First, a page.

In Jorge Argueta’s haunting novel in verse, Caravan to the North: Misael’s Long Walk, Misael and his family can no longer live in their home, El Salvador, which they love.
Character development, for example, is strong– and Higuera manages to find just the right balance between two internally competing cultures within our heroine not only by using humor, but also through a strong balance of both ethos and pathos.
Beautifully illustrated, and clearly written, Proud to be Latino: Food/Comida reads like a food encyclopedia for the Paw Patrol set. Each colorful page has English text on one side, and Spanish text on the other.
Margarita and her family move from New Mexico to Fort Steele Wyoming, where her father has been able to secure a job working on the railroad. Leaving the life she has known for all of her ten years behind, she embarks on a new adventure where she tries to make new friends, navigates growing up and faces discrimination, while at the same time remains true to her Hispanic Heritage.
Each story is bite-sized, perfect for dipping in and out of over the course of a day or two, and would be fantastic for parents and children to read together, or for a teacher to read to his or her class. (Zoom story time is going to be a thing this year, youse guys.) Featuring a mix of elements from the natural world as well as tales of good old-fashioned human nature, Wynne-Jones’ style is witty, smart, and most importantly of all, relatable.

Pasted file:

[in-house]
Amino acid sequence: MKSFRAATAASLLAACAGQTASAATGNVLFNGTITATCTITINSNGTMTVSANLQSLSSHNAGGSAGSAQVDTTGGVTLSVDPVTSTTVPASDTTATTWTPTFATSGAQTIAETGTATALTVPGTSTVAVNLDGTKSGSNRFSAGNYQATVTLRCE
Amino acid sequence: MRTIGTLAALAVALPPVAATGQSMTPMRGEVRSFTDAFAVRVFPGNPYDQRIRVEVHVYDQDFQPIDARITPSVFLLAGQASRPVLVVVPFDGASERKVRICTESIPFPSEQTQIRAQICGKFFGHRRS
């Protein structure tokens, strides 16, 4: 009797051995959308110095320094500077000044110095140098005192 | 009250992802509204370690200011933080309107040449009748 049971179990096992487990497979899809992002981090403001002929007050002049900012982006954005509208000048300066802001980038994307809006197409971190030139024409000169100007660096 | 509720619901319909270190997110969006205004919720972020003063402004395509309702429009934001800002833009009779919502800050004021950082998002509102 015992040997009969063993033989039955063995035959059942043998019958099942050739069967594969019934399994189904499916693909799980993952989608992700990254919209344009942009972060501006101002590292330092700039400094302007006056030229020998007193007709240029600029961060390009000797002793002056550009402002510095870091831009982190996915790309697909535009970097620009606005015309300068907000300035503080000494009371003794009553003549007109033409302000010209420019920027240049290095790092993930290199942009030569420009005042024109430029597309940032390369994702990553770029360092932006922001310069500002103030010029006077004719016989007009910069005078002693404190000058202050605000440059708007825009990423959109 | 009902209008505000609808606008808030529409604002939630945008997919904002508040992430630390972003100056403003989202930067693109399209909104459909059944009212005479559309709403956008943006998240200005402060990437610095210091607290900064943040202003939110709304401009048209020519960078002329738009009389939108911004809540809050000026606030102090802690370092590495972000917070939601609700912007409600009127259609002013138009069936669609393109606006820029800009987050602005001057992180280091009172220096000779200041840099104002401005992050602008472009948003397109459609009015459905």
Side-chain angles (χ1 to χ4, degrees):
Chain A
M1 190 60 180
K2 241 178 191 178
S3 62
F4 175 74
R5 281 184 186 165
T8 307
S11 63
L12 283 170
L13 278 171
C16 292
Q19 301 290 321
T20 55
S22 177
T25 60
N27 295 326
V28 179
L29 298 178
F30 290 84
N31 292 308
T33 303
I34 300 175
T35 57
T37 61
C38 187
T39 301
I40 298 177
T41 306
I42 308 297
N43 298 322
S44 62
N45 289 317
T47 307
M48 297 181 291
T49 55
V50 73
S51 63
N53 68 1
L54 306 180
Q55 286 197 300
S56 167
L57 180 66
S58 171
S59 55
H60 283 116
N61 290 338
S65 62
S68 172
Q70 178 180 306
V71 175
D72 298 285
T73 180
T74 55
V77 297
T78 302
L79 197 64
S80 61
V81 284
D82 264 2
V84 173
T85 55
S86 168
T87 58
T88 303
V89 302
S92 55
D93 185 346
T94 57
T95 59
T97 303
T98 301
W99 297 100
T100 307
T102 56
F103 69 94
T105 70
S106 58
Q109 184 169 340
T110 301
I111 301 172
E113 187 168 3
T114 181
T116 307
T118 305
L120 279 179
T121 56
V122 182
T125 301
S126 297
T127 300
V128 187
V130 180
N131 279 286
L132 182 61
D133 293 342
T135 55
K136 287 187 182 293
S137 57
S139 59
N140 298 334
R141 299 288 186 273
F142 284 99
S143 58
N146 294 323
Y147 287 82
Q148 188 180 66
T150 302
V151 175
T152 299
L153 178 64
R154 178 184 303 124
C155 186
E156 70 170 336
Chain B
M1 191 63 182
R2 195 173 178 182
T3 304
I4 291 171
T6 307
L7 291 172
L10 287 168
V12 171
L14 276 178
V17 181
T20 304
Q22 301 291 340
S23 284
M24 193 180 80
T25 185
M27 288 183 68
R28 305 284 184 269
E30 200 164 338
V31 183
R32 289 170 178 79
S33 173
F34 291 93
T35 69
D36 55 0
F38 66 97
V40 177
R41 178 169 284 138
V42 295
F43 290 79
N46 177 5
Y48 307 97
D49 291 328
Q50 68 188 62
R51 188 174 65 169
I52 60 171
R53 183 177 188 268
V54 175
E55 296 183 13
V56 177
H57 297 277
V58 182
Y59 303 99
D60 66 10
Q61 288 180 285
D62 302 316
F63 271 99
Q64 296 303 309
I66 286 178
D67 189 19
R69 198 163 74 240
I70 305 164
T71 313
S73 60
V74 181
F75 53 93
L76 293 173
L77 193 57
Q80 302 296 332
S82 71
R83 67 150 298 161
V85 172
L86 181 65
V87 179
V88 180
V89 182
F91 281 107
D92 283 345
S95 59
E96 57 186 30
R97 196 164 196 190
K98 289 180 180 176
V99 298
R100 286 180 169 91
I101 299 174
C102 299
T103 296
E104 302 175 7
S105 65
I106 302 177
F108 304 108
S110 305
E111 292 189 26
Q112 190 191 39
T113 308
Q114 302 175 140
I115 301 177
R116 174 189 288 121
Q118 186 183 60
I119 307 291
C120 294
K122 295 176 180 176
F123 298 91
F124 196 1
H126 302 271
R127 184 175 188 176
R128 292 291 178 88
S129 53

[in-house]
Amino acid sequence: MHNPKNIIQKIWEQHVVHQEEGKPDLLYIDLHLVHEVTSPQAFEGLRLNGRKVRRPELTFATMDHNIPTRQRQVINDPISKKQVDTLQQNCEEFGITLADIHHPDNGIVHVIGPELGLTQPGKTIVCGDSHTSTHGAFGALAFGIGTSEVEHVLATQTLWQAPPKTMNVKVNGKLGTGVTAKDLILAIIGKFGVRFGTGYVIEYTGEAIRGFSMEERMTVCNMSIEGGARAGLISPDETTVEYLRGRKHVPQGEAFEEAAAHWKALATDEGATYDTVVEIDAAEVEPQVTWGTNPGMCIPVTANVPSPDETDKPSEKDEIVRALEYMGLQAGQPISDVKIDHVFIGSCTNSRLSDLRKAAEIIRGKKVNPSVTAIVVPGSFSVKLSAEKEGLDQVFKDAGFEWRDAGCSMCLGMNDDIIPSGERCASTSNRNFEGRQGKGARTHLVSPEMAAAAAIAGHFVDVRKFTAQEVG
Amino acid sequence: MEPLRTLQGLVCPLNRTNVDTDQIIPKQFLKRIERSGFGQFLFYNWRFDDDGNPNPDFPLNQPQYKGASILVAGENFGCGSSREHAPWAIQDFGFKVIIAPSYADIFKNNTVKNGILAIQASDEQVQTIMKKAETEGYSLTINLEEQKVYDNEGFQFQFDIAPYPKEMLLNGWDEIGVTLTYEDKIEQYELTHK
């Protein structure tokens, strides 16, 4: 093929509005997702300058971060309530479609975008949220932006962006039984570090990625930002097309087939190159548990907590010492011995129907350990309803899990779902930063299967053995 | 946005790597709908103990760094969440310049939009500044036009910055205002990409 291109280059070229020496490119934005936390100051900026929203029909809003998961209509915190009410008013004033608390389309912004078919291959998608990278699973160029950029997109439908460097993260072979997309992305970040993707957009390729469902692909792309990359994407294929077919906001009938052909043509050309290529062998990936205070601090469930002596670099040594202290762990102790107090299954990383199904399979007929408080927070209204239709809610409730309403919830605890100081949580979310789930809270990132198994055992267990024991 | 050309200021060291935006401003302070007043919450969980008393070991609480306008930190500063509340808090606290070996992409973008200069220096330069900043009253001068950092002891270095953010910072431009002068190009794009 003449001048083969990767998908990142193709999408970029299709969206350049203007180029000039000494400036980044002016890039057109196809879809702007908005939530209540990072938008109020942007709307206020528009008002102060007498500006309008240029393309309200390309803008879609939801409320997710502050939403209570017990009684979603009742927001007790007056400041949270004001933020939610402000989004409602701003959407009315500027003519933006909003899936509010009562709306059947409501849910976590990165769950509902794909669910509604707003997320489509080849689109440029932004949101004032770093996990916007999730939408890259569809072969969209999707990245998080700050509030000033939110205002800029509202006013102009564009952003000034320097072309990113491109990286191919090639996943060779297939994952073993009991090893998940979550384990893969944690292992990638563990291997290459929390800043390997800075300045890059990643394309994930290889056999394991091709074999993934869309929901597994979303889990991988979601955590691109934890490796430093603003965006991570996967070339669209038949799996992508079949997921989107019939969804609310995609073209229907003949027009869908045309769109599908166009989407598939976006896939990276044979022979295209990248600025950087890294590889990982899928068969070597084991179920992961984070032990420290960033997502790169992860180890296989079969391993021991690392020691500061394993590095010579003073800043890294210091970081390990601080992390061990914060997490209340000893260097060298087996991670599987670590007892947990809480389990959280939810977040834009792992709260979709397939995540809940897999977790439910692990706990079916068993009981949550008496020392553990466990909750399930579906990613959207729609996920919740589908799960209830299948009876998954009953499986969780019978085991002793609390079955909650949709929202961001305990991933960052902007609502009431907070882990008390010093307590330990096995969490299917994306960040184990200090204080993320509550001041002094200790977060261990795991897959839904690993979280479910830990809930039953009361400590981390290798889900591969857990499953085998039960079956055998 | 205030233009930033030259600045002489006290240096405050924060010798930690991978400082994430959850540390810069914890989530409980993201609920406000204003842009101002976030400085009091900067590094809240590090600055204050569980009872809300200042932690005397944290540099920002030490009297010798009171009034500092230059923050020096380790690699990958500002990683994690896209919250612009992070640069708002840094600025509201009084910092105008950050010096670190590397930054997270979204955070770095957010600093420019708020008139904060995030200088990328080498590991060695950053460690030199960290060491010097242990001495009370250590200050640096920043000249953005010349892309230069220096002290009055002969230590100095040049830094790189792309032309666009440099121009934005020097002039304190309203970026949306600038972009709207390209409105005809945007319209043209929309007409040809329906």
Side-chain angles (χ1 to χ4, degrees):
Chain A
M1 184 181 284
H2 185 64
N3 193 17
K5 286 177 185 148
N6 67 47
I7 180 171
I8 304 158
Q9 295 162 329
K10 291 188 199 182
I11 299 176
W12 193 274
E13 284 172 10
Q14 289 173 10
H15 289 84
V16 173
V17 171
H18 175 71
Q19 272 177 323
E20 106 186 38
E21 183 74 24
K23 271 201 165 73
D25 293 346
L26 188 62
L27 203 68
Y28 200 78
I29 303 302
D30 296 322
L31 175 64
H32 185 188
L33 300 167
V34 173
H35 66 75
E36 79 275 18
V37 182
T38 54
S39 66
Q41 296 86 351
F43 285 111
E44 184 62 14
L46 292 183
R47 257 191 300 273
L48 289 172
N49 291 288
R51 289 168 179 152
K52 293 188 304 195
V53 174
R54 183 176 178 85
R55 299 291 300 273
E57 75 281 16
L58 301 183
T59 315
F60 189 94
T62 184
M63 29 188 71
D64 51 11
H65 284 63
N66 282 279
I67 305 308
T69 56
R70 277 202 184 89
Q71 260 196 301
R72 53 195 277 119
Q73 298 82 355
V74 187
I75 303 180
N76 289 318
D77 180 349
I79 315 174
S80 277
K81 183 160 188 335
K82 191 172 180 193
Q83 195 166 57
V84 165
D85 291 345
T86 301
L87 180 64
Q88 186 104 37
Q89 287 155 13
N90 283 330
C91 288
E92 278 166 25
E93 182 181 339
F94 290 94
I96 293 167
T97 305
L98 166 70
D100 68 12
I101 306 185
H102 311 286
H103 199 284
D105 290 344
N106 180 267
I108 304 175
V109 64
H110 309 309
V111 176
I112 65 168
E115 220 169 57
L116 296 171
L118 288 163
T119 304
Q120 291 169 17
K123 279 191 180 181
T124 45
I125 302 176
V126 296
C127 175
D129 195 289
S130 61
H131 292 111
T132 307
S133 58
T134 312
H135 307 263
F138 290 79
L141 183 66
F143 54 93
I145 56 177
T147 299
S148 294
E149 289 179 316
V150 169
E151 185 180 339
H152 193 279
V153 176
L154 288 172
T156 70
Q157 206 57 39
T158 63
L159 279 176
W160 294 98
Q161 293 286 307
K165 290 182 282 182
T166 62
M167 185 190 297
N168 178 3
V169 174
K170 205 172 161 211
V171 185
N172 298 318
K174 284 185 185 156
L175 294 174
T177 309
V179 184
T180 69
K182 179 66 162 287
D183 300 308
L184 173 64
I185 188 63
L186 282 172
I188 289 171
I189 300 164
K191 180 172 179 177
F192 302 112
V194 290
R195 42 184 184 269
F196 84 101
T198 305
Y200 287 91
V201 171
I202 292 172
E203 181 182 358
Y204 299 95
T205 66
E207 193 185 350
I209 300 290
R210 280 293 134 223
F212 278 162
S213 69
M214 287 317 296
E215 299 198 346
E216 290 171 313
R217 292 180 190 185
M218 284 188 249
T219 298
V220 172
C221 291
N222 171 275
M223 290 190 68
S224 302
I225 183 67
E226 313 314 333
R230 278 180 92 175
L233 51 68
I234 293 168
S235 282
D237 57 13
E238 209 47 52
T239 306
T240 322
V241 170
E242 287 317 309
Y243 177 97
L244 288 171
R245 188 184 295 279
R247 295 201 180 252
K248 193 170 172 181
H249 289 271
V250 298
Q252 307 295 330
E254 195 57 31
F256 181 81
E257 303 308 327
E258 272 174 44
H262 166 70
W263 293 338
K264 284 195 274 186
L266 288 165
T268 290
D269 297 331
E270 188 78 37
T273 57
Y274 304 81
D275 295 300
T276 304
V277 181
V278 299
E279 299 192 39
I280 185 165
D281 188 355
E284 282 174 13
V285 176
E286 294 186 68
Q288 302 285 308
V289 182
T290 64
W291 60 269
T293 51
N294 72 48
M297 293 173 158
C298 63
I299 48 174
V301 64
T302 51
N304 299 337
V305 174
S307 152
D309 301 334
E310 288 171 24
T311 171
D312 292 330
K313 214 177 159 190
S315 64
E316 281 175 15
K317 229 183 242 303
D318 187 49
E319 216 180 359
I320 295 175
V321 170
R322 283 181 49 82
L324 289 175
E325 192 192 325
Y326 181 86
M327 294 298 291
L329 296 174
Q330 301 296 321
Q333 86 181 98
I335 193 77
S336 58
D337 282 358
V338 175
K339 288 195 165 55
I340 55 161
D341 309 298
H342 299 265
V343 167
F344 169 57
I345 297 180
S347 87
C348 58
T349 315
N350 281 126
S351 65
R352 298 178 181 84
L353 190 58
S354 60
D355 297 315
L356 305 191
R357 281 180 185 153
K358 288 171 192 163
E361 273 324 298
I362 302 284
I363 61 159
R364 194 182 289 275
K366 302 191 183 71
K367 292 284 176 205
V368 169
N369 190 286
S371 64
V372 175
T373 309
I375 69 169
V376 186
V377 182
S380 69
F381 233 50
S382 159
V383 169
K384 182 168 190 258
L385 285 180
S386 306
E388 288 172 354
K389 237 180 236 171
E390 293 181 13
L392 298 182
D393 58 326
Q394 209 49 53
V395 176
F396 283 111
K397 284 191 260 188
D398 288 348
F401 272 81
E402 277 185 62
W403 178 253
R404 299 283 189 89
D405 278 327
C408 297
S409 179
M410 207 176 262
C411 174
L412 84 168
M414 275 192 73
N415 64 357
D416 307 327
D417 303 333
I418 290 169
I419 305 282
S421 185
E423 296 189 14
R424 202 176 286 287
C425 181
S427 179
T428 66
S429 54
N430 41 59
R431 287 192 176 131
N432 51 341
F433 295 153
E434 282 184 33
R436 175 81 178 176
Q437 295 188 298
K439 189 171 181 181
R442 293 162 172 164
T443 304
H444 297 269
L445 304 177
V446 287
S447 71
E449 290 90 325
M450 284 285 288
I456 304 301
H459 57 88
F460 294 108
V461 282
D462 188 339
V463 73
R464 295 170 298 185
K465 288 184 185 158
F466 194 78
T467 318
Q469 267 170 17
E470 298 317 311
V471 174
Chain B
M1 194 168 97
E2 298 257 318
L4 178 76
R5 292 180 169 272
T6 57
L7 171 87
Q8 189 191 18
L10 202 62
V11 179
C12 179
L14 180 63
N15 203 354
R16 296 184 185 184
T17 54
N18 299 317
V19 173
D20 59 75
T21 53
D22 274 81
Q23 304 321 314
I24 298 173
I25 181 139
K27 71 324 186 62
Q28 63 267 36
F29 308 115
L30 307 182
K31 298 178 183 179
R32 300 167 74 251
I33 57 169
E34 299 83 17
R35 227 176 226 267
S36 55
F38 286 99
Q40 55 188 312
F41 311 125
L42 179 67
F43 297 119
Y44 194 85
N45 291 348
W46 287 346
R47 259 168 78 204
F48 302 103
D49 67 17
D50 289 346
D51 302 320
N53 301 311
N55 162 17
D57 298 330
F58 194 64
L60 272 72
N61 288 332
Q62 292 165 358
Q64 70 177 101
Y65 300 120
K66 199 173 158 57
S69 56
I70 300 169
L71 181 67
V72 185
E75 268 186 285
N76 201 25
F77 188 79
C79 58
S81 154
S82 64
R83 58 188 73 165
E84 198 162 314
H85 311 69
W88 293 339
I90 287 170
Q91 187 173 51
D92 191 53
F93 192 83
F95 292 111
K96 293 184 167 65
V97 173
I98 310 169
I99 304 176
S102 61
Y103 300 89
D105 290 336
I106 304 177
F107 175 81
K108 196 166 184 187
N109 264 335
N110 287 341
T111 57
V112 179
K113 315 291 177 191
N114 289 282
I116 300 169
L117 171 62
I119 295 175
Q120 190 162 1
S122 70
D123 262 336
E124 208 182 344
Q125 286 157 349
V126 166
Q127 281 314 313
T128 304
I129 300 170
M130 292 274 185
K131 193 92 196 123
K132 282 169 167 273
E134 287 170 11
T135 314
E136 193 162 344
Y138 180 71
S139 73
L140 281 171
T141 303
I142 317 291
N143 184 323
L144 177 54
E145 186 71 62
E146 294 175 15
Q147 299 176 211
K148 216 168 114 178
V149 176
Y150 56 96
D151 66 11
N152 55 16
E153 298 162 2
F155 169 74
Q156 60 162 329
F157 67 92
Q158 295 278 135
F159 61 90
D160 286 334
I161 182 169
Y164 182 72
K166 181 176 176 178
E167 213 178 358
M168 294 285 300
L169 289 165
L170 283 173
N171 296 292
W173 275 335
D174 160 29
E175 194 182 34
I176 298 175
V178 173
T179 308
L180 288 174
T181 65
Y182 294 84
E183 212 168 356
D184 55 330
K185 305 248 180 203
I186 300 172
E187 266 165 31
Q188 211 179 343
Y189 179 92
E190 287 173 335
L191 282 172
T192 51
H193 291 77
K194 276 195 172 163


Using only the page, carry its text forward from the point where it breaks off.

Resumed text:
It’s not often a picture book leaves me in tears, but SPOILER ALERT, this one did. Davies’ haunting text and Cobb’s evocative images are vivid and brutal; the two beautifully pair to convey the horror of war without being graphic or violent.
The list goes on and on. Practically everything you can imagine needing to do around a house as well as simple roadside safety information is included in this book.
At school, she is ridiculed both because she is and is not latina (in appearance yes, in culture, no)–sometimes called a coconut [brown on the outside, white on the inside]. She sings in the choir, loves English class, has two great friends and has trouble with some mean girls. Internally, she struggles to figure out who she is, at the same time rejecting everything she perceives as being forced upon her. I know. She sounds like the ordinary 12-year-old. And that’s why this is extraordinary. As she faces each challenge, and overcomes each perceived failure, she builds her identity with each step.